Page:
tioned again, he probably perished in the action. (Dion Cass. xlvii. 24 ; Liv. Epit. 122 ; Dion Cass. xlix. 24 ; Plut. Ant. 65, 66 ; Veil. Pat. ii. 85.)

3. gellius publicola, probably a brother of No. 1, is called a step-son of L. Marcius Philippus, consul b. c. 91, and a brother of L. Marcius Phi­lippus, consul b. c. 56. According to Cicero's account he was a profligate and a spendthrift, and having dissipated his property, united himself to P. Clodius. As an intimate friend of the latter, he of course incurs the bitterest enmity of Cicero, whose statements with respect to him must, there­fore, be received with caution. (Cic. pro Sext. 51, 52, in Vatin. 2, de Harusp. Resp. 27, ad Alt. iv. 3. § 2, ad Q. Fr. ii. 1. § 1 ; Schol. Bob. pro Sext. p. 304, ed. Orelli.)

4. gellius publicola, had been the quaestor of Junius Silanus in Asia, in the reign of Tiberius, and was subsequently one of his accusers in a. d. 22. (Tac. Ann. iii. 67.)

5. L. gellius publicola, one of the coiisules sufFecti in the reign of Caligula, A. d. 40 (Fasti). (For an account of the Gellii see Drumann, Ges-cMcJite Roms, vol. ii. pp. 64—67.)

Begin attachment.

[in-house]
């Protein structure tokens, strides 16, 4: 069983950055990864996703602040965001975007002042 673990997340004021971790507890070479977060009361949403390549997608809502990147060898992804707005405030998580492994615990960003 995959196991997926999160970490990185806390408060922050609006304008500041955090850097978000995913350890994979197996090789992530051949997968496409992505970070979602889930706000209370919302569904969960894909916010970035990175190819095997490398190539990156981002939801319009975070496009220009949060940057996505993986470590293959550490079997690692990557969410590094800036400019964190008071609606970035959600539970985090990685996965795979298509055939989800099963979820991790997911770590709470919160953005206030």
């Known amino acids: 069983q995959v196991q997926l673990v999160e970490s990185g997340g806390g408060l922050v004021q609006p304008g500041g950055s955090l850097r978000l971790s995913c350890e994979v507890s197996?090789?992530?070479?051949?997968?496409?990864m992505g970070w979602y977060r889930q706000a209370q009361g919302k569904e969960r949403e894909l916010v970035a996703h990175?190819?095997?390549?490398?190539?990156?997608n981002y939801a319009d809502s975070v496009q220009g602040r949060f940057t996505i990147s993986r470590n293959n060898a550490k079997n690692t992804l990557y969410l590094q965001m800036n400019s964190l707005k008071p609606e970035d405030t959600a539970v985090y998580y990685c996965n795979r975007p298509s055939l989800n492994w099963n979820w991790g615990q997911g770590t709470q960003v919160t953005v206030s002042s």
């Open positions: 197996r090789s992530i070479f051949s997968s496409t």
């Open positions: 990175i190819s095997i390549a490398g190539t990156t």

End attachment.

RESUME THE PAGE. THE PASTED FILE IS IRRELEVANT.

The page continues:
PUBLICOLA, VALERIUS. 1. P. vale­rius volusi f. publicola, the colleague of Brutus in the consulship in the first year of the republic. The account given of him in Livy, Plu­tarch, and Dionysius cannot be regarded as a real history. The history of the expulsion of the Tarquins and of the infancy of the republic has evidently received so many poetical embellishments, and has been so altered by successive traditions, that probably we are not warranted in asserting any thing more respecting Publicola than that he took a prominent part in the government of the state during the first few years of the republic. The common story, how­ever, runs as follows. P. Valerius, the son of Vo-lusus, belonged to one of the noblest Roman houses, and was a descendant of the Sabine Volusus, who settled at Rome with Tatius, the king of the Sa-bines. [valeria gens.] When Lucretia sum­moned her father from the camp, after Sextus Tar-quinius had wrought the deed of shame, P. Va­lerius accompanied Lucretius to his daughter, and was by her side when she disclosed the villany of Sextus and stabbed herself to the heart. Valerius, in common with all the others who were present, swore to avenge her death, which they forthwith accomplished by expelling the Tarquins from the city. Junius Brutus and Tarquinius Collatinus were first elected consuls, b.c. 509 ; but as the very name of Tarquinius made Collatinus an object of suspicion to the people, he was obliged to resign his office and leave the city, and Valerius was chosen in his stead. Shortly afterwards the people of Veii and Tarquinii espoused the cause of the Tarquins, and marched with them against Rome, at the head of a large army. The two consuls ad­vanced to meet them with the Roman forces. A bloody battle was fought, in which Brutus fell ; and both parties claimed the victory, till a voice was heard in the dead of the night proclaiming that the Romans had conquered, as the Etruscans had lost one man more. Alarmed at this, the Etruscans fled, and Valerius entered Rome in triumph. Valerius was now left without a colleague ; and as he began at the same time to build a house on the top of the hill Velia, which looked down upon the forum, the people feared that he was aiming at kingly power. As soon as Valerius became aware